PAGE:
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At what point in your college career did you decide on which direction to take?

I am currently interested in enrolling in Electrical Engineering. However, there are so many different directions within this field, I'm not sure which one I should take. At what point in your college career did you figure it out? #electricalengineering #electrical-engineering #nuclear-power-plants #instrumentationandcontrolsengineer #college-decisions

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Nodira’s Answer

When I started law school, I wanted to be a prosecutor and work within the field of criminal law. I had been a volunteer for victim services and was passionate about the cause. BUT, during a study abroad in the summer after completing my first year of law school, I took a criminal law class and a tax law class. As time progressed, I realized that, though I was passionate about victim advocacy, I was bored during criminal law classes. And I could not wait to get to tax law classes and really enjoyed the assignments. That was my first clue that criminal law was not right for me. But I did not want to yet commit to tax law because I did not know whether I would be successful or what practicing tax law would be like in real life.

My first concern was addressed by my tax law professor, who told me that "I seemed to speak the tax law language." He recommended I try taking other tax law classes or try to find online material that did not take a lot of time but gave me an idea about different areas of tax law. Following his advice, I started reaching out to attorneys who practiced in various areas of tax law and simply asked them to meet me for coffee so I could learn about their experience.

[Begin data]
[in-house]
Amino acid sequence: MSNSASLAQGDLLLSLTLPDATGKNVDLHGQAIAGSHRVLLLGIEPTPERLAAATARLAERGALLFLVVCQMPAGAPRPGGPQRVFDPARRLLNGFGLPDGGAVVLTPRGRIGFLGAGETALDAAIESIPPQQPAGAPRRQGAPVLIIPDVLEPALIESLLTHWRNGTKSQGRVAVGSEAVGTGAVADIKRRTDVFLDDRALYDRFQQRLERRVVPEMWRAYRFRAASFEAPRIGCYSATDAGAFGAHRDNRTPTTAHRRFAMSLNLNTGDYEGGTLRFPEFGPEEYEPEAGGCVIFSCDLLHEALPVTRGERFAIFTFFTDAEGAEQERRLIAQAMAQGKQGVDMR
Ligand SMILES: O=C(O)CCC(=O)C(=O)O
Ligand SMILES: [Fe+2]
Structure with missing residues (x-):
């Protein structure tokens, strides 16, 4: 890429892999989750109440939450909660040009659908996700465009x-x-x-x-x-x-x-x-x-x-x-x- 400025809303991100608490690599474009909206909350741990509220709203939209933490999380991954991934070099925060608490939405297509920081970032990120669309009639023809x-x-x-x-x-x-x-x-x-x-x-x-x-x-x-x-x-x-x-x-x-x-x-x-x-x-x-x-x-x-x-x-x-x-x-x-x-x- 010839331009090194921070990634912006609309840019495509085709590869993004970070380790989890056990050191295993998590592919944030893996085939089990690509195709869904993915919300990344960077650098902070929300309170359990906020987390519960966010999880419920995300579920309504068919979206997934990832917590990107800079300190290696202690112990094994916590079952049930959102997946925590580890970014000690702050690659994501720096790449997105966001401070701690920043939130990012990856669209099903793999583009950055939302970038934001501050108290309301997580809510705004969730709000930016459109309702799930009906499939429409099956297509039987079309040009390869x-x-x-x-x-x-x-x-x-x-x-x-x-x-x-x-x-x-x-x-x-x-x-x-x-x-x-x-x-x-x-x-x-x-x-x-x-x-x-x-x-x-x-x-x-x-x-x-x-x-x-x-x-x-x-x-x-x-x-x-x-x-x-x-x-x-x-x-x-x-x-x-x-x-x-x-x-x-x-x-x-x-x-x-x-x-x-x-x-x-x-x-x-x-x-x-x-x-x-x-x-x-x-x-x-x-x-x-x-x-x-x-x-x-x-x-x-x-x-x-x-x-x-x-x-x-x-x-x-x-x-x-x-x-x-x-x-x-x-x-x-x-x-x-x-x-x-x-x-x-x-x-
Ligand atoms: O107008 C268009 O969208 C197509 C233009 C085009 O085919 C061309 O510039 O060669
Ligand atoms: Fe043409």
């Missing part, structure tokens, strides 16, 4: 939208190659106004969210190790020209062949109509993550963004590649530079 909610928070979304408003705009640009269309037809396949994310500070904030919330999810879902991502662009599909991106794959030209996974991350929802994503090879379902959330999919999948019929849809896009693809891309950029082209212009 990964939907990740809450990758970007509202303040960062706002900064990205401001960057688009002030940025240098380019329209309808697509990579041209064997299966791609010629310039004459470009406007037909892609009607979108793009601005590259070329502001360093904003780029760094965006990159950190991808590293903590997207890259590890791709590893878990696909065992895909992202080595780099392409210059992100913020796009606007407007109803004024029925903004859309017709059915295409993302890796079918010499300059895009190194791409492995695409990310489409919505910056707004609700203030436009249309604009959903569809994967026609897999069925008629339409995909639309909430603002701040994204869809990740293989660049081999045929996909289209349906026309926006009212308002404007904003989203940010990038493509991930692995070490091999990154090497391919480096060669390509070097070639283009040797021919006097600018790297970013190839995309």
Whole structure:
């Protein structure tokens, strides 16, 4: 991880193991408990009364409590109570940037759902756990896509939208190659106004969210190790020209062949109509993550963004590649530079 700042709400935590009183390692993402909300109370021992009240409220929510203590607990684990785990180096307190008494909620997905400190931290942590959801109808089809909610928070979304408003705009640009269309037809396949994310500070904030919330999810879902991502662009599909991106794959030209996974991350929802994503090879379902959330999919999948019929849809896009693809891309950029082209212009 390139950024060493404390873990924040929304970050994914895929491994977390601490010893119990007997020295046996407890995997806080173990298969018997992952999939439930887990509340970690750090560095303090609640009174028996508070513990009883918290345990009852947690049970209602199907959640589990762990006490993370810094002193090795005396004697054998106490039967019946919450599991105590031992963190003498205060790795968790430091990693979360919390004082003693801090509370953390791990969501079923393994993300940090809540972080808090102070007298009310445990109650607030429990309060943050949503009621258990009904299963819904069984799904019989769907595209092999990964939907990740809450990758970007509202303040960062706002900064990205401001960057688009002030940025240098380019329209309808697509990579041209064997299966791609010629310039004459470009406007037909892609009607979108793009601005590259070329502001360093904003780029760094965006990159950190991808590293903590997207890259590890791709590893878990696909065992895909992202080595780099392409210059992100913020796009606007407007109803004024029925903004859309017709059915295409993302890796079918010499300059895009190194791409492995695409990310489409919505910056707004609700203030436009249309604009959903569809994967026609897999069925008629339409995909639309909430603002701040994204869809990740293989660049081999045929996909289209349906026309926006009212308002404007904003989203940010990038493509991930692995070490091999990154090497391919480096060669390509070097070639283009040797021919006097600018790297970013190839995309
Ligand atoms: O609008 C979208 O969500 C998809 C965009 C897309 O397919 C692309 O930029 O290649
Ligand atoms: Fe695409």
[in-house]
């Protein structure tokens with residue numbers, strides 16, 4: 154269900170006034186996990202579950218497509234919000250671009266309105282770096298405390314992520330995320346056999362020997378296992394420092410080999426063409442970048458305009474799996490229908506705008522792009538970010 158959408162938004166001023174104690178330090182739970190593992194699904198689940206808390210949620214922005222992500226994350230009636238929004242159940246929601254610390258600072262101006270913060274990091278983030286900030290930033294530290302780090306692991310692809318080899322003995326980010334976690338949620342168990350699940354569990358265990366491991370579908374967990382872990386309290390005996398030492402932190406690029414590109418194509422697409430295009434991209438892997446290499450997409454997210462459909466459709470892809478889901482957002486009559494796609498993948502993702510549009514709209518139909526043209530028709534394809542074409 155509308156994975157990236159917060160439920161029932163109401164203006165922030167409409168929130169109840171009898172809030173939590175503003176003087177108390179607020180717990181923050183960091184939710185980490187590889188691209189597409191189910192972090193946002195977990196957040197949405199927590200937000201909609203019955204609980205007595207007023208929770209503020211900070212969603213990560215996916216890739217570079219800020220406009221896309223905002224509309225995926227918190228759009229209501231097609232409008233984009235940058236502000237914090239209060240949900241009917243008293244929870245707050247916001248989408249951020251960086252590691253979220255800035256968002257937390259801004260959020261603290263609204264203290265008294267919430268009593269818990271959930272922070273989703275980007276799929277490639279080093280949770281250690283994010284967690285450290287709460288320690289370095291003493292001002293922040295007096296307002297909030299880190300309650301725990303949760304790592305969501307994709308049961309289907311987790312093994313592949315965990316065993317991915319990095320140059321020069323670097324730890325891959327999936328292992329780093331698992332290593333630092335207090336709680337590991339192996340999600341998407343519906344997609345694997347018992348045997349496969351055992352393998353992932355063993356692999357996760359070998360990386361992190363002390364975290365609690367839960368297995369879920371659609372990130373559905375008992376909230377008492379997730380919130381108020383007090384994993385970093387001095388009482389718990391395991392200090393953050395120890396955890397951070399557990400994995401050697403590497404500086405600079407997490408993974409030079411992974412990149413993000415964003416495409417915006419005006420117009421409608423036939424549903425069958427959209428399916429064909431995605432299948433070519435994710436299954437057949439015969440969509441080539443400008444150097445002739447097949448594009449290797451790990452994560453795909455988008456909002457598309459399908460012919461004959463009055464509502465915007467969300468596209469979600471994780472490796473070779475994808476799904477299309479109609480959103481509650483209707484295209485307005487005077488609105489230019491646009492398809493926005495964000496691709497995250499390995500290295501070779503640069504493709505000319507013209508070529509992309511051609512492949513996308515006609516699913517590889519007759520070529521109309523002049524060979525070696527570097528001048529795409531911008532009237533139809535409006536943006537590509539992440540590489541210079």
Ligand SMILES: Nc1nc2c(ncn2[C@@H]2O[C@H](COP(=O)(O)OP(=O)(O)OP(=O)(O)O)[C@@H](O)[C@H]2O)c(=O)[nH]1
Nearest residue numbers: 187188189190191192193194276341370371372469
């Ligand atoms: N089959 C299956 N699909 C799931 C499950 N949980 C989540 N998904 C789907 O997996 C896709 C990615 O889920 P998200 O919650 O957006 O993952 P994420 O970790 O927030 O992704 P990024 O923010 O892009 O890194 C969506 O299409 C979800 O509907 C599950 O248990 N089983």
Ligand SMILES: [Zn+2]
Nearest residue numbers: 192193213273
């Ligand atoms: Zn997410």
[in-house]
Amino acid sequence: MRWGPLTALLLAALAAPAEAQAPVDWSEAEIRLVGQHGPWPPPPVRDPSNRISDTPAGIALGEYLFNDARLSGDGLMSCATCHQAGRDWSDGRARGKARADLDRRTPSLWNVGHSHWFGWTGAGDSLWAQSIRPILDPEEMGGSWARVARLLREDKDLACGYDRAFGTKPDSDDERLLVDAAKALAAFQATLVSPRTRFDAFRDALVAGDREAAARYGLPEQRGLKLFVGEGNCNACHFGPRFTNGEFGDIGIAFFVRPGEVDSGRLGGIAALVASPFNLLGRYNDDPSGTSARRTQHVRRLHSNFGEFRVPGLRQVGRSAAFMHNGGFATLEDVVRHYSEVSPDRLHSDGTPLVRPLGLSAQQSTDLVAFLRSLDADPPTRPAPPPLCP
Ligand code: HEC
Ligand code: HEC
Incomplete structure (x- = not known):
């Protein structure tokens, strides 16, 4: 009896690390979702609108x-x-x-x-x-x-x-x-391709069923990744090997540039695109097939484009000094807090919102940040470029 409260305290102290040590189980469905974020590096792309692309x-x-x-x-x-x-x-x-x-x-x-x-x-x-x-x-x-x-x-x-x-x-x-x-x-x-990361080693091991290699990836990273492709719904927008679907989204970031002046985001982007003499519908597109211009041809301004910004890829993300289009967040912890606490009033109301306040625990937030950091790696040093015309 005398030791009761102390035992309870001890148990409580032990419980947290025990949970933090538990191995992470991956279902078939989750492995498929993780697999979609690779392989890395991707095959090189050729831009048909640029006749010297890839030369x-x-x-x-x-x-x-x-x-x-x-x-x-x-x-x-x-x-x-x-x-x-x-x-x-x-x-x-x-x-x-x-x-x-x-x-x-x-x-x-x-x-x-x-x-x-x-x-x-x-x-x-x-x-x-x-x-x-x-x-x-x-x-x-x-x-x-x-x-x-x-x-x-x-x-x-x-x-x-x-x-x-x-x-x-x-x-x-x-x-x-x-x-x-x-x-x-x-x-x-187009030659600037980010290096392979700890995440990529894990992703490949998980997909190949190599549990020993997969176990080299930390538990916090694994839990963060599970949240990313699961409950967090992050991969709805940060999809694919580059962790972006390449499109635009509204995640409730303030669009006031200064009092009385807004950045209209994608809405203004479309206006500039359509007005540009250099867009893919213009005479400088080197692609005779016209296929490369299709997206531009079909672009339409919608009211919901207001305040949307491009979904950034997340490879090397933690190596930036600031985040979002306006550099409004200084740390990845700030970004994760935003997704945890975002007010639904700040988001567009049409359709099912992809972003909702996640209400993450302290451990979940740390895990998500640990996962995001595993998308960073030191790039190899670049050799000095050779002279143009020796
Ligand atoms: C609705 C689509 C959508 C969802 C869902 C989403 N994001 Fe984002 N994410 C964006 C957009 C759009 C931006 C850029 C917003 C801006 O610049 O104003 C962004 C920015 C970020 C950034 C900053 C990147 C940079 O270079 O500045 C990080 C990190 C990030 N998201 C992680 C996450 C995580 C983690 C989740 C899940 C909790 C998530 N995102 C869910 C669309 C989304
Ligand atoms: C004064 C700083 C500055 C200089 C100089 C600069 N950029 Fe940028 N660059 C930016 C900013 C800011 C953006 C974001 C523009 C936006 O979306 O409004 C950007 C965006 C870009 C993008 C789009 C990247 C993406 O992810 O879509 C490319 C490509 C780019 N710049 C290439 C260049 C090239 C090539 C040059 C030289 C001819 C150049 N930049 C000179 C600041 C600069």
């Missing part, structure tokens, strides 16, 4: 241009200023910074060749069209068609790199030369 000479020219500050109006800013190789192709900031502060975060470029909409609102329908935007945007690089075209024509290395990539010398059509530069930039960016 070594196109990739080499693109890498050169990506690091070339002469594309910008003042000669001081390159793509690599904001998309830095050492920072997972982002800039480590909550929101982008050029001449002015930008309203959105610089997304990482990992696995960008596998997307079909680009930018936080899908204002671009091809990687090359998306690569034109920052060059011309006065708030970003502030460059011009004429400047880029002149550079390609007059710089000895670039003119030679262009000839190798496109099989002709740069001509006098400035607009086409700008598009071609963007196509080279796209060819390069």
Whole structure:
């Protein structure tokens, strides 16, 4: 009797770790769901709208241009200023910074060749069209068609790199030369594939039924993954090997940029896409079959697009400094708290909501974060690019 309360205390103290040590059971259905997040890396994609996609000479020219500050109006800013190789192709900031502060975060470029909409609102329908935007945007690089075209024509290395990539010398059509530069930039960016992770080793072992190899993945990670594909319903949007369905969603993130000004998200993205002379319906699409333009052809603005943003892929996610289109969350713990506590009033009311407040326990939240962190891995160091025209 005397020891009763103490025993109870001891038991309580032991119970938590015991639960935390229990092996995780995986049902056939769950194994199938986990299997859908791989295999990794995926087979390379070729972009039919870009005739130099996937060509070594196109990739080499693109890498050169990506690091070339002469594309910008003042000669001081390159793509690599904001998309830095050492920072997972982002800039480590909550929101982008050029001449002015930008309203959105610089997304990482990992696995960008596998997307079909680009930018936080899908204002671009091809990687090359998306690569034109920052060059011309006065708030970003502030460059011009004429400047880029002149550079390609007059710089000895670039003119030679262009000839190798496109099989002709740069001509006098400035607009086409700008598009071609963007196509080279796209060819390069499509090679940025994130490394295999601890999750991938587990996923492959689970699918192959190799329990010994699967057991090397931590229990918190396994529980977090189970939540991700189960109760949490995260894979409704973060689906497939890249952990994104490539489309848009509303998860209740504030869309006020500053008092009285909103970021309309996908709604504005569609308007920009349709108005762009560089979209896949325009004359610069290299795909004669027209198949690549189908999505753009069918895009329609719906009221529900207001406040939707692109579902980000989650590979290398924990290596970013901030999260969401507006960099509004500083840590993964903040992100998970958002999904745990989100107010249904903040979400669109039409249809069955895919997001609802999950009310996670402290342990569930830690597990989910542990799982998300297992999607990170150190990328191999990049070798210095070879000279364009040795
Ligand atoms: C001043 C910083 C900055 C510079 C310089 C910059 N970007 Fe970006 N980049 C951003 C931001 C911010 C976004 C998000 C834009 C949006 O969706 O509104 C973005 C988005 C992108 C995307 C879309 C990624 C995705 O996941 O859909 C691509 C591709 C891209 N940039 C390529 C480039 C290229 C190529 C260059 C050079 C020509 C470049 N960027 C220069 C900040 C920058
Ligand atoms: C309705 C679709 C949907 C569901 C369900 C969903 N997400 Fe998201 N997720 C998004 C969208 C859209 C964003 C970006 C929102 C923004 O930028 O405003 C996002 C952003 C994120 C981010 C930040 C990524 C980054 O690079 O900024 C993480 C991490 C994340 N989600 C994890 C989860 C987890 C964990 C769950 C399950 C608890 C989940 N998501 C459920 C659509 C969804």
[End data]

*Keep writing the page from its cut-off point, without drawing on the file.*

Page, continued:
Through that process, I was able to focus on the area of mergers and acquisitions and am now in the field - and I love it! I can appreciate that Electrical Engineering is not the same as law, so it might be a little harder to find people who can tell you, though not impossible. I included some suggestions of how you could proceed to help you in narrowing down your options within the field of Electrical Engineering.

I wish you all the best - good luck!

Nodira recommends the following next steps:

Find a mentor - it can be a friend, a relative, a teacher - anyone who you can trust and who will give you their honest feedback. Ask your mentor if he or she can help with identifying ways you can learn more about the different options and how you could create opportunities to try these options - i.e. job shadow for a day.
As you try the different options, pay attention to whether you think the option will keep you challenged (so you don't get bored) and which option you are excited about. Trust your gut - it will tell you what you like.

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Daniel’s Answer

Late, hah. I also started as Electrical Engineering in undergrad. After being most of the way through EE, I ended up also getting an undergraduate degree in Computer Science and pursuing that professionally. It took me 5 years to get out of undergrad - if I had known what I wanted to do going in I probably could have finished in 2.5-3 years. But, it's not the end of the world to spend a bit more time in undergrad figuring out what to do, so long as you can find work to support yourself while you're there.

As for what led me away from pure EE - despite being reasonably good at it, I found there were just a lot more and more varied employment prospects in the world of software. Most of the specializations in EE didn't interest me, besides embedded work (which can be quite frustrating) and computer architecture (which turned out to be ridiculously hard to find employment in). So instead I switched to software.

But hey, if you find a part of EE you really like that isn't too frustrating to you, and is actually feasible to find employment in, you can definitely stick with it. There's still a lot of jobs there :)